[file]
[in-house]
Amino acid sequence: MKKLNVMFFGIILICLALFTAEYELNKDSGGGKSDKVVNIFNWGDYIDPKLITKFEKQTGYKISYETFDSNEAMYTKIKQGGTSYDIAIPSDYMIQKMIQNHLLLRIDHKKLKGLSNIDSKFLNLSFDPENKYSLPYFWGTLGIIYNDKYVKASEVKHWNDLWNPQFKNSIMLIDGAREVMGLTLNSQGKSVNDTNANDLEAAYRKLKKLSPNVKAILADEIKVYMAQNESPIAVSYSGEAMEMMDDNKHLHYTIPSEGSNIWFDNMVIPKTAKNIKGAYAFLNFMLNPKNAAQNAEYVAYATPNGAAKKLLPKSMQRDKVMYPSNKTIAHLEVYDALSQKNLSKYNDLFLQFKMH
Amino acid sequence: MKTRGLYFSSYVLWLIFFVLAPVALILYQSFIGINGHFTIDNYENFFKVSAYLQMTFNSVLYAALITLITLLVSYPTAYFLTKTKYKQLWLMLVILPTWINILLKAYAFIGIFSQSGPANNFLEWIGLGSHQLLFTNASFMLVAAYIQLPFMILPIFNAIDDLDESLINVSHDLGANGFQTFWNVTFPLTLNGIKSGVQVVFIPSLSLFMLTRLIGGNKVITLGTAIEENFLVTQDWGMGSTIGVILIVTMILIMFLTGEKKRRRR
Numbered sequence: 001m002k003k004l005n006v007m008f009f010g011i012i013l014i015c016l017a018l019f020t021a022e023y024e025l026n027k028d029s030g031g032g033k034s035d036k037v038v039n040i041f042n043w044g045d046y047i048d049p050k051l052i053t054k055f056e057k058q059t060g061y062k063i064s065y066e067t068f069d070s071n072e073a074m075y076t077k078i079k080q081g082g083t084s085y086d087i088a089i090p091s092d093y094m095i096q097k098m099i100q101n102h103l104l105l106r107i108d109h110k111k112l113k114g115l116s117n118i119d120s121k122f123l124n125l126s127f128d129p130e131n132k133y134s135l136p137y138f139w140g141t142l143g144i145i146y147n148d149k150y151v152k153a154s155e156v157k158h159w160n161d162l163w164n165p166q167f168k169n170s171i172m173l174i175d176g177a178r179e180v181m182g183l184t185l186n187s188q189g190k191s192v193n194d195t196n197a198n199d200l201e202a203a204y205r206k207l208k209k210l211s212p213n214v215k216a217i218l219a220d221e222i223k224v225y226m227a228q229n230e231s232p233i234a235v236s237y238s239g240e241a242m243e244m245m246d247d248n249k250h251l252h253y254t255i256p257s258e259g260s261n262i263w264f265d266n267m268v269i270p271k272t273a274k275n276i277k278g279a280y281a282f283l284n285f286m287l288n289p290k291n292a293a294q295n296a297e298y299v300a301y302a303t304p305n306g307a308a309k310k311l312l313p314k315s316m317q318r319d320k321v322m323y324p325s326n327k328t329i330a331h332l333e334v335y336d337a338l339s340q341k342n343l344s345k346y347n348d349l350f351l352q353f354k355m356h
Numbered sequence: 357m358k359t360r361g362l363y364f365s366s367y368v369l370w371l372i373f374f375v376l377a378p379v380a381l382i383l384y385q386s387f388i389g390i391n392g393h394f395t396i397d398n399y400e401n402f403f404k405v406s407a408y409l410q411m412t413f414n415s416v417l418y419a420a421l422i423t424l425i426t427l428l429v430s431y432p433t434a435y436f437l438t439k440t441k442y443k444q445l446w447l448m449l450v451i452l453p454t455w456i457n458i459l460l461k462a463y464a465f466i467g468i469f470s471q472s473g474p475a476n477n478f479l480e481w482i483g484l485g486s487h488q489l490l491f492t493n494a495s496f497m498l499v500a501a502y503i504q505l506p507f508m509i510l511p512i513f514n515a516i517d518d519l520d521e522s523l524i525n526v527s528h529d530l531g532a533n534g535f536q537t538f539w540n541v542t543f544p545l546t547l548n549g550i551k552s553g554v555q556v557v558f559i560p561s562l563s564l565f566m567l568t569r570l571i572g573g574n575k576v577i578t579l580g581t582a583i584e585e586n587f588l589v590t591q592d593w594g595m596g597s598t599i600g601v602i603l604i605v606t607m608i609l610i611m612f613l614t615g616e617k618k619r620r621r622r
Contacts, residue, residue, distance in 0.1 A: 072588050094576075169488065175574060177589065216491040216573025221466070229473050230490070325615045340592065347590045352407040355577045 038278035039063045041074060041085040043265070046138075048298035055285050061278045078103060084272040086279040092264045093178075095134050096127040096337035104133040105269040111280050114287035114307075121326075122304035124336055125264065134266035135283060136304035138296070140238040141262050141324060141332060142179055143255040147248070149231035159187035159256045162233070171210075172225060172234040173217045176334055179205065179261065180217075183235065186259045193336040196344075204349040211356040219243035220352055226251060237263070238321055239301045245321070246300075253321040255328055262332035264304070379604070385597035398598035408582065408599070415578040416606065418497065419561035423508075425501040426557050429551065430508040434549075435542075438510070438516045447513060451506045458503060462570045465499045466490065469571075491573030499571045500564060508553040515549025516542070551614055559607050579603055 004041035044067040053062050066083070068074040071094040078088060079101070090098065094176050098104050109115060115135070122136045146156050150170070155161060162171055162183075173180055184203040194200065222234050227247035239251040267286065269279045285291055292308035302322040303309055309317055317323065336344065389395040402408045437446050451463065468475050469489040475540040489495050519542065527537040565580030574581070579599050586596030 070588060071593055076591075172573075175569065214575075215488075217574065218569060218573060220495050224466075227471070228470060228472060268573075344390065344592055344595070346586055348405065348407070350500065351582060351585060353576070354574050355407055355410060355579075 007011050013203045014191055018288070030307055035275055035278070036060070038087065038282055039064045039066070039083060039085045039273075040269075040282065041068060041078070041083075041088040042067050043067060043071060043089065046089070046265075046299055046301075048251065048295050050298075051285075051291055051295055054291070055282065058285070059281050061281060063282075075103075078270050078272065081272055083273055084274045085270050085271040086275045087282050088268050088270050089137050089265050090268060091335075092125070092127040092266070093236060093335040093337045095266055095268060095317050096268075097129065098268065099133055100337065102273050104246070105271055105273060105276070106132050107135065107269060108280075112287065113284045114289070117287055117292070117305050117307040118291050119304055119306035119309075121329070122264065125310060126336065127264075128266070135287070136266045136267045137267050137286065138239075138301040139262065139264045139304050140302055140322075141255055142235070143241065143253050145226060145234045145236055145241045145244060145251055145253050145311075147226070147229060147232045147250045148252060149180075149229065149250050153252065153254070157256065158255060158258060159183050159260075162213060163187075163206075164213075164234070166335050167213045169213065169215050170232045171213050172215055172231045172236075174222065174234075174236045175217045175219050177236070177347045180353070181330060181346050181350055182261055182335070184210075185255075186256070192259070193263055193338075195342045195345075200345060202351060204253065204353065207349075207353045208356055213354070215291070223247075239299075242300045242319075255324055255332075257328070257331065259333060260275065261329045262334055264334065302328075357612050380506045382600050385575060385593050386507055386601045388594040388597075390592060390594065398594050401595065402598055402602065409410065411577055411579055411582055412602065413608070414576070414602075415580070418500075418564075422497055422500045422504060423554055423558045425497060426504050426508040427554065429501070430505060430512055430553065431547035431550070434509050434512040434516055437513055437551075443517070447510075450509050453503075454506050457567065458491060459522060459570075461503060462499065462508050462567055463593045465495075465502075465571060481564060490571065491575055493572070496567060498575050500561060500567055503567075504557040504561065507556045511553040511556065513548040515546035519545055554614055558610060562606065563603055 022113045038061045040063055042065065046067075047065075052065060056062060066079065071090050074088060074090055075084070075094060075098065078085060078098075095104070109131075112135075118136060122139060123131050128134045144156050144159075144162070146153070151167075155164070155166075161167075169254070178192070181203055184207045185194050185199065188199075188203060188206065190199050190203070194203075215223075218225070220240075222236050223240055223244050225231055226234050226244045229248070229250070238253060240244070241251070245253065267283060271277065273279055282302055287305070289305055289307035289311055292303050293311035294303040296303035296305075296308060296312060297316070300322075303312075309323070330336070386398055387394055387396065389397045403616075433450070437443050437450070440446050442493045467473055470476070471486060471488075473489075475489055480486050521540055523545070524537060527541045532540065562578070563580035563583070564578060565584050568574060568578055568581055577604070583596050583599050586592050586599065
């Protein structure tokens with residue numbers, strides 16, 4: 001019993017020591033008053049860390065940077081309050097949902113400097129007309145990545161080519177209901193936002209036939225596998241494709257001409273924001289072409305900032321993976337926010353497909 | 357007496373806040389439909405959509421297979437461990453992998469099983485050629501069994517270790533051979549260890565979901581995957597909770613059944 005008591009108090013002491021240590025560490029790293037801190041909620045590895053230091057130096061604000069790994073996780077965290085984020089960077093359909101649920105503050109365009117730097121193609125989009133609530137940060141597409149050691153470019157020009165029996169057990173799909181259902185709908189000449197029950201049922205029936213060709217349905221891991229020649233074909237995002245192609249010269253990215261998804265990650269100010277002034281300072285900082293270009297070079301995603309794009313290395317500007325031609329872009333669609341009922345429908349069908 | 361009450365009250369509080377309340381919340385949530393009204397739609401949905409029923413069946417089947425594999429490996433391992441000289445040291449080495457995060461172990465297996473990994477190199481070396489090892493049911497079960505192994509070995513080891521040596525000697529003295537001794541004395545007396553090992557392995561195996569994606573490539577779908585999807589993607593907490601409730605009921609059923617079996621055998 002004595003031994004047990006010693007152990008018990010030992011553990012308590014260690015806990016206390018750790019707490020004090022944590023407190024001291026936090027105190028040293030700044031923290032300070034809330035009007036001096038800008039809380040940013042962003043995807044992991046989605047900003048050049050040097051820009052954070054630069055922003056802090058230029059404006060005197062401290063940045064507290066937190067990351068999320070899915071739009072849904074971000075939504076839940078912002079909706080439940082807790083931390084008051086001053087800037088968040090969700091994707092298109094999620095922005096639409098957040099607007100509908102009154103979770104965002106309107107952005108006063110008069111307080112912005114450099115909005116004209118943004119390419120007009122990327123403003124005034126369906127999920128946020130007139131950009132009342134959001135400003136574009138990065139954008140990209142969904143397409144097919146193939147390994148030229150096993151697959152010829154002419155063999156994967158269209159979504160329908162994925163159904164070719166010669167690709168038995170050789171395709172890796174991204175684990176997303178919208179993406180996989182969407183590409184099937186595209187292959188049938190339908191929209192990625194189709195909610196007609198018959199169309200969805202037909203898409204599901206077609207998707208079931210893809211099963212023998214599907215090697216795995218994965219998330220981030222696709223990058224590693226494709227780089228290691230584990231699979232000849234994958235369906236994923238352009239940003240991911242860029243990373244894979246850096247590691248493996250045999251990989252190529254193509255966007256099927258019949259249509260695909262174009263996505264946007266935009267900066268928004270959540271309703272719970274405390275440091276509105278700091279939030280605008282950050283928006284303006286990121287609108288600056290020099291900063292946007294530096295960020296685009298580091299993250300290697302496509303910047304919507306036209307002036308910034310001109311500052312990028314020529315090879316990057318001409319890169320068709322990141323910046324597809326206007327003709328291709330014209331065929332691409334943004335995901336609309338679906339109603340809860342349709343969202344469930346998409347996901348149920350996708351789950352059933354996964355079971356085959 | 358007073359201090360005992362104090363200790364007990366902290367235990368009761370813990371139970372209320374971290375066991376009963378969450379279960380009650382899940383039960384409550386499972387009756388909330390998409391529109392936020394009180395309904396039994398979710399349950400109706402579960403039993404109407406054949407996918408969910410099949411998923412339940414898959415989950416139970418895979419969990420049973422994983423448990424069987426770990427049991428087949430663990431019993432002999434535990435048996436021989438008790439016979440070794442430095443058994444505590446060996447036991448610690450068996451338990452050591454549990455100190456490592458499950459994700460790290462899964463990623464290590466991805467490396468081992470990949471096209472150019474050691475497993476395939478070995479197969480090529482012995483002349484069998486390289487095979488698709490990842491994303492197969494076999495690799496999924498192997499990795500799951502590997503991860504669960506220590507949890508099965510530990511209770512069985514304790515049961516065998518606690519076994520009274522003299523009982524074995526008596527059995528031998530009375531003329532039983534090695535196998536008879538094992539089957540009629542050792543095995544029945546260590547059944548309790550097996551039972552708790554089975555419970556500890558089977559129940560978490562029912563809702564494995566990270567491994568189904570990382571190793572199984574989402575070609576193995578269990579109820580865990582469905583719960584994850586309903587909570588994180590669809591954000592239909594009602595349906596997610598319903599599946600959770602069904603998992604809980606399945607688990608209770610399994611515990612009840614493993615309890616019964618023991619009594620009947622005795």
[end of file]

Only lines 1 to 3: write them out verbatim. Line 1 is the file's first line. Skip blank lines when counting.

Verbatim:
[in-house]
Amino acid sequence: MKKLNVMFFGIILICLALFTAEYELNKDSGGGKSDKVVNIFNWGDYIDPKLITKFEKQTGYKISYETFDSNEAMYTKIKQGGTSYDIAIPSDYMIQKMIQNHLLLRIDHKKLKGLSNIDSKFLNLSFDPENKYSLPYFWGTLGIIYNDKYVKASEVKHWNDLWNPQFKNSIMLIDGAREVMGLTLNSQGKSVNDTNANDLEAAYRKLKKLSPNVKAILADEIKVYMAQNESPIAVSYSGEAMEMMDDNKHLHYTIPSEGSNIWFDNMVIPKTAKNIKGAYAFLNFMLNPKNAAQNAEYVAYATPNGAAKKLLPKSMQRDKVMYPSNKTIAHLEVYDALSQKNLSKYNDLFLQFKMH
Amino acid sequence: MKTRGLYFSSYVLWLIFFVLAPVALILYQSFIGINGHFTIDNYENFFKVSAYLQMTFNSVLYAALITLITLLVSYPTAYFLTKTKYKQLWLMLVILPTWINILLKAYAFIGIFSQSGPANNFLEWIGLGSHQLLFTNASFMLVAAYIQLPFMILPIFNAIDDLDESLINVSHDLGANGFQTFWNVTFPLTLNGIKSGVQVVFIPSLSLFMLTRLIGGNKVITLGTAIEENFLVTQDWGMGSTIGVILIVTMILIMFLTGEKKRRRR